When Indiana decided to spend some $2 million on putting a positive spin about the state, it practically doubled what the state spends on tourism promotion annually.
A New York public relations firm will combat the negative image Indiana developed over the passage of the Religious Freedom Restoration Act, which was seen as a bill that legalized discrimination of gays. The bill was fixed in order to make sure it really didn’t do what Republicans legislators and Gov. Mike Pence said it wouldn’t do, but the damage was done.
The spending is being done jointly by the Indiana Economic Development Corp. and the Indiana Office of Tourism Development.
“The Indiana Office of Tourism Development is partnering with the IEDC on this initiative to restore Indiana’s image after the recent political controversy surrounding RFRA,” said Jake Oakman, spokesman for the Office of Tourism, in an email obtained by KPC Media Group and widely reported by Indiana media.
Nobody seems to know exactly how much money is going to be spent with the high-powered New York firm of Porter Novelli. The costs could grow once media buys are made. Press accounts Wednesday had the figure at $2 million, without advertising dollars. On Monday, it was $1 million.
Assuming the $2 million figure is accurate, it is nearly double the $2.3 million spent on tourism in Indiana in 2013, according to data from the U.S. Travel Association.
Does $2.3 million seem like a lot? Or $4.3 million? That’s what Indiana’s 2013 spending would total if added to the $2 million supposedly being spent for RFRA damage control.
Well, consider our neighbors. Based on the same data set from the U.S. Travel Association, No. 2 in the race to the bottom for tourism promotion by the states contiguous to Indiana — we’re at the bottom, by the way — is Ohio, which spent $5 million in 2013. Kentucky spent $7.4 million, Wisconsin $14.8 million, Michigan $27.4 million and Illinois $55.4 million.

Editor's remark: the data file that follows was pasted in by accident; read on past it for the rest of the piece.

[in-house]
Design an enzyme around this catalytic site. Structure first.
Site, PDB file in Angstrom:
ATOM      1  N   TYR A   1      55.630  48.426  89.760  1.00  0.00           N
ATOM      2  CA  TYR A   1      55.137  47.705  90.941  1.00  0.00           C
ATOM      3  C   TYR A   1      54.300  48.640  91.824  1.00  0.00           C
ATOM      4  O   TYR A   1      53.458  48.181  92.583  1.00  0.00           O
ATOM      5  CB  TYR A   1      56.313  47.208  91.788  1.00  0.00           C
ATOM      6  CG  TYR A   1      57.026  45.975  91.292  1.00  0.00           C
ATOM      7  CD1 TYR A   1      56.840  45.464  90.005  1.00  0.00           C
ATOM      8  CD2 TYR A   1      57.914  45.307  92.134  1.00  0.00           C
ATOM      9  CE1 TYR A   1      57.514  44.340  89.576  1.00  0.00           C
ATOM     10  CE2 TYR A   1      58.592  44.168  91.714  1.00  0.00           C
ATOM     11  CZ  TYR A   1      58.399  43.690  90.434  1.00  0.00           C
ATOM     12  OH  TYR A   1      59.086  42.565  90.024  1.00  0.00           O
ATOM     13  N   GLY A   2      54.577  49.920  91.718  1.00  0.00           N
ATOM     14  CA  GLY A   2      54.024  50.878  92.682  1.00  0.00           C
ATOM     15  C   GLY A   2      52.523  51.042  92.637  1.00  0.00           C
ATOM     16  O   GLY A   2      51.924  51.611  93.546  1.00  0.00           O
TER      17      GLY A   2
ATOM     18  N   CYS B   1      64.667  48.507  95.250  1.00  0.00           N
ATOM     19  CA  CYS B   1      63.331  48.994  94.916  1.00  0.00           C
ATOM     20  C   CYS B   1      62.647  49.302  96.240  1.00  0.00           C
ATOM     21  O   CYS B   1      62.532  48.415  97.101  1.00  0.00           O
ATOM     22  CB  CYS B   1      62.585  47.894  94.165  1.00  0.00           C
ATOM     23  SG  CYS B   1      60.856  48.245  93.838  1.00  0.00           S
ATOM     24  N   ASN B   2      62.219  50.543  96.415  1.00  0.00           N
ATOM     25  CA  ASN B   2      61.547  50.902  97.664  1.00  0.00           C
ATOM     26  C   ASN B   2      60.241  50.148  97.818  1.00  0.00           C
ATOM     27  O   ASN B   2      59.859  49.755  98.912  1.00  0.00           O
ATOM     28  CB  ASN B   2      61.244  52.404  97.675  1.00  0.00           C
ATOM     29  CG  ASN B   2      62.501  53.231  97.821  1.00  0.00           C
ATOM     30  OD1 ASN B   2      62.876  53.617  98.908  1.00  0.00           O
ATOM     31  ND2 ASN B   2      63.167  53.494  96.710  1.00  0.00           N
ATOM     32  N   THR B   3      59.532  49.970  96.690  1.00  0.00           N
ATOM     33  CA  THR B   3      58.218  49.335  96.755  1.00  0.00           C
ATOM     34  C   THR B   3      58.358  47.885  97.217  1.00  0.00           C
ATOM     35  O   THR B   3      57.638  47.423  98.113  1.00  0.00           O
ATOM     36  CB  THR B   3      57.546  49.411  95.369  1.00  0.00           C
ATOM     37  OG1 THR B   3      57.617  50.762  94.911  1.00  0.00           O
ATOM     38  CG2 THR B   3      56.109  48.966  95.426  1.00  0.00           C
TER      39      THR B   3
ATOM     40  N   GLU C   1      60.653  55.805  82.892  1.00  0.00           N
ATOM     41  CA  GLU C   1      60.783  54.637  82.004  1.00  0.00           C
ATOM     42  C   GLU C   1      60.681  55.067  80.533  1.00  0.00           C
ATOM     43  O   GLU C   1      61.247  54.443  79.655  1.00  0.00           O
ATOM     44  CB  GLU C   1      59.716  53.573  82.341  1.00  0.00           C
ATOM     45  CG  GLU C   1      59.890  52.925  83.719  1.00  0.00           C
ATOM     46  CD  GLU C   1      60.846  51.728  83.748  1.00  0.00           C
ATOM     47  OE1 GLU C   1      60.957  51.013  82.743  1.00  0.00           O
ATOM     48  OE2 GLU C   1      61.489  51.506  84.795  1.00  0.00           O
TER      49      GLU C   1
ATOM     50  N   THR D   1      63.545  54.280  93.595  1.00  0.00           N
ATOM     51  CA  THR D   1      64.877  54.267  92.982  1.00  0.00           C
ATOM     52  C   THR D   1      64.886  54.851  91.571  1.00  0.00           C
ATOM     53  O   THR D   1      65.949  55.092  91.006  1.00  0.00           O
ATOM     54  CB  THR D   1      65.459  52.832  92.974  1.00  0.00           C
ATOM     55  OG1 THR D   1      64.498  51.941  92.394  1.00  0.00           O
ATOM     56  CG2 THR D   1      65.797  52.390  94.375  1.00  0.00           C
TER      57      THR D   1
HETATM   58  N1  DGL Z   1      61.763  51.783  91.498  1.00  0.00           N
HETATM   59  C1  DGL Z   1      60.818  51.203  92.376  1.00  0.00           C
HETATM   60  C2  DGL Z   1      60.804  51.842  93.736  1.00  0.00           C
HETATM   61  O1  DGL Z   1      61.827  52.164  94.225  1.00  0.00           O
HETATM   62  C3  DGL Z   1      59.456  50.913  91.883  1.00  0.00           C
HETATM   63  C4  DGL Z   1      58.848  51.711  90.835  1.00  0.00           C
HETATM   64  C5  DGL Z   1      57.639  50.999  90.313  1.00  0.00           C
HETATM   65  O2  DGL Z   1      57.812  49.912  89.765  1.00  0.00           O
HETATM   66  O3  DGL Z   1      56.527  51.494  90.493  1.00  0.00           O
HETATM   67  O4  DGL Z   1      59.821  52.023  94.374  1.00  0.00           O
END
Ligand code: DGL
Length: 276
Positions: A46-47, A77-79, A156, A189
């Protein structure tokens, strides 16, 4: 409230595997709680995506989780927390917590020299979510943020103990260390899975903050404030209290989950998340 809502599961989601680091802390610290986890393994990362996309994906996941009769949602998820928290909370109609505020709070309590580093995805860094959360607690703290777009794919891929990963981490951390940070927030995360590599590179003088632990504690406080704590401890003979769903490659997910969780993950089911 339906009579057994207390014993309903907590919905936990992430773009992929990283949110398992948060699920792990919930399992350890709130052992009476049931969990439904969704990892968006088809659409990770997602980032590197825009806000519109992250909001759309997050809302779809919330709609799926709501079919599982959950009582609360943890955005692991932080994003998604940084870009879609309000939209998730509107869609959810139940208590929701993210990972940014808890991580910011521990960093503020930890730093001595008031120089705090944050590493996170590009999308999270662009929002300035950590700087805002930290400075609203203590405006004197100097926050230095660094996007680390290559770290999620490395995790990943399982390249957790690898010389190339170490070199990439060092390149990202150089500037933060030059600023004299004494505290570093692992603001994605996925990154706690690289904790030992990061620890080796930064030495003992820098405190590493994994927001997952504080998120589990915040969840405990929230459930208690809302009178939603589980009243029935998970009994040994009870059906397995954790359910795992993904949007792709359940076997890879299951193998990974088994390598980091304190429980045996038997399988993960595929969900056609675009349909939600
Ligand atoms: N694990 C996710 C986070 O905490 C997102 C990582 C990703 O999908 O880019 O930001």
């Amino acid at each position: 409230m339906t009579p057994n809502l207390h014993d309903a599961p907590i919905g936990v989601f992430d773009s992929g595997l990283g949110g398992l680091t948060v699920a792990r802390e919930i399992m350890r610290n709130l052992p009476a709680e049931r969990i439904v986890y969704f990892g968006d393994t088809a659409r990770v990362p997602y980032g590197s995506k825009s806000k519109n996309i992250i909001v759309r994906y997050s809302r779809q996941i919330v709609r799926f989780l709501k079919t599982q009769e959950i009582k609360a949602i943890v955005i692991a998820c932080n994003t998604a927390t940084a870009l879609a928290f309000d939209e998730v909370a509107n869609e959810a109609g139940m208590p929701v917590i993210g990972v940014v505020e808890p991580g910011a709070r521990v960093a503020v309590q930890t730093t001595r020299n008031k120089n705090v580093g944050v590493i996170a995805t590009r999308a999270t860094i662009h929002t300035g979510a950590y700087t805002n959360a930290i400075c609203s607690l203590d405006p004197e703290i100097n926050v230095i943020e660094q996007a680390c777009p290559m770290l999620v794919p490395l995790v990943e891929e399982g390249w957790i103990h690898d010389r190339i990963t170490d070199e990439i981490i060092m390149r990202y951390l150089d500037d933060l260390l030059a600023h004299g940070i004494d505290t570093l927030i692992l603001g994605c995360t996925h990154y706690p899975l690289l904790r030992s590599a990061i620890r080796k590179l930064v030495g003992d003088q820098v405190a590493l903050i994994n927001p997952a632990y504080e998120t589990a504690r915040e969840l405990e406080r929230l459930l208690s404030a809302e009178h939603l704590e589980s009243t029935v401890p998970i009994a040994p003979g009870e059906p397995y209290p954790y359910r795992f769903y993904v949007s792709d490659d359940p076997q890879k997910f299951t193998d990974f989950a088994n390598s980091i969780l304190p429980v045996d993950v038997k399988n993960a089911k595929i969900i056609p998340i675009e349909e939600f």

This draws a couple of observations.
No. 1: Tourism spending is too low if Indiana is supposed to compete for visitors with surrounding states and what they are spending.
No. 2: No matter how much Republican backers of RFRA say the law was misunderstood, not discriminatory and only protected religious freedoms (already guaranteed by the U.S. Constitution), it was costly to Indiana.
Tourism spending in northeast Indiana varies. It is based on innkeeper tax receipts, which are generated by visitor stays in hotels. So, in counties with few hotels that generate the tax, the available dollars are less than in, say, Steuben County, which draws some 2 million visitors a year who generate a healthy small-town tourism budget.
If the state truly is concerned with tourism promotion, it would spend at least $4.3 million annually — not a paltry $2.3 million — without being forced to do so by RFRA.
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